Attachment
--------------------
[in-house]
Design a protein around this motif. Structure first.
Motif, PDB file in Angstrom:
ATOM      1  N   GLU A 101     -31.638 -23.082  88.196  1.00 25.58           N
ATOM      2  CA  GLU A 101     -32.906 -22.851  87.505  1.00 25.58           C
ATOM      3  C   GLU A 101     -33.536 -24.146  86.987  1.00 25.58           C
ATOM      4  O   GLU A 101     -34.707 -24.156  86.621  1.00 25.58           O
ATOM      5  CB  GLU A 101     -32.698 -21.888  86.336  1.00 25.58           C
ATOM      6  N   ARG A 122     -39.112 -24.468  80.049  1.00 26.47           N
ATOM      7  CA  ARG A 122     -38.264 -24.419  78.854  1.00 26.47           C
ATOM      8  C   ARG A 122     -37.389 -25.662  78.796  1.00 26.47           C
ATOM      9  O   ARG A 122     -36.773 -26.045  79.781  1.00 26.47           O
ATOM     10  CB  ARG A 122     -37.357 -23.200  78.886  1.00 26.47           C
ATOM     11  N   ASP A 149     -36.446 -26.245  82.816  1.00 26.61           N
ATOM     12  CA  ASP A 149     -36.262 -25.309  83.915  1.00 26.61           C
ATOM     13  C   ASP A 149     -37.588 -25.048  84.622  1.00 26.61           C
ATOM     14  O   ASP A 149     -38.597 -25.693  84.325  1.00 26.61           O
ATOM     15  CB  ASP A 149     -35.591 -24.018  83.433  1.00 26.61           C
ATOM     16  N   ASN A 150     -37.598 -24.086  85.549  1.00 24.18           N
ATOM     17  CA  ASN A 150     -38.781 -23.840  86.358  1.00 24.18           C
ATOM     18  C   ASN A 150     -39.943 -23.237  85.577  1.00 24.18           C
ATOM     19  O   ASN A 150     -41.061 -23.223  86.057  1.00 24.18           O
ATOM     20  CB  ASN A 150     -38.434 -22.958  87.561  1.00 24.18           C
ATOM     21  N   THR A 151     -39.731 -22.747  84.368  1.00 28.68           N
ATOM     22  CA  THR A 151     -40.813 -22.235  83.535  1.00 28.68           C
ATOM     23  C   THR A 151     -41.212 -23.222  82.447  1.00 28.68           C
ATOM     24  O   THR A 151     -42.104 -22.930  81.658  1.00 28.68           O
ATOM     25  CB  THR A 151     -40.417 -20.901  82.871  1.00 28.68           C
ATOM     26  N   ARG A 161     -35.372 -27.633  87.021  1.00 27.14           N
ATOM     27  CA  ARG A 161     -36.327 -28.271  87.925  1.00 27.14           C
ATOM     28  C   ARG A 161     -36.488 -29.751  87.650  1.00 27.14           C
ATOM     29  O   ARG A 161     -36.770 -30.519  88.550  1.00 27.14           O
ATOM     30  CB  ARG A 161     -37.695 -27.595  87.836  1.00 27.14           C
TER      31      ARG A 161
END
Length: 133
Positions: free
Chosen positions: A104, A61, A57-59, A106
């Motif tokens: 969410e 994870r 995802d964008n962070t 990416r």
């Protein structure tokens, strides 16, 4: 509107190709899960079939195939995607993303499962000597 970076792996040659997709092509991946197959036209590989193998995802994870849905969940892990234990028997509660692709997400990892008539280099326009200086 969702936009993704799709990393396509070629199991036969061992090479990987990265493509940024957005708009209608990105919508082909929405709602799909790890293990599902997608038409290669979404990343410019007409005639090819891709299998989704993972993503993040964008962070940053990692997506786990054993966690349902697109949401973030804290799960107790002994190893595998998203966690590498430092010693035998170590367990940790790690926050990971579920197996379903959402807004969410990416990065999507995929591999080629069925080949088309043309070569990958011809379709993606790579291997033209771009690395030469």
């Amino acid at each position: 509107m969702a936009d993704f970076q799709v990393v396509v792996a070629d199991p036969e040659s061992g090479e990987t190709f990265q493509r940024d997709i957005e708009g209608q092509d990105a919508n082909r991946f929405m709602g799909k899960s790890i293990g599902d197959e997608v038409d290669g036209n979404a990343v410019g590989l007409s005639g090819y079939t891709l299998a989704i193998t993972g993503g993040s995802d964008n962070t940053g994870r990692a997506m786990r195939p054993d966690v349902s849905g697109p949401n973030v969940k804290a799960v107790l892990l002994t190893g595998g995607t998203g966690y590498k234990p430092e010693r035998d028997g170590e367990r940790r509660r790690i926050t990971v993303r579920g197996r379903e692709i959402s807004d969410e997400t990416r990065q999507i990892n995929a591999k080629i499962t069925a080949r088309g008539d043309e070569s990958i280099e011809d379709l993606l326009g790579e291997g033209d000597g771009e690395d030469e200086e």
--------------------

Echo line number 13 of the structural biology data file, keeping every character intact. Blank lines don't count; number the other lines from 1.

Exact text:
ATOM     10  CB  ARG A 122     -37.357 -23.200  78.886  1.00 26.47           C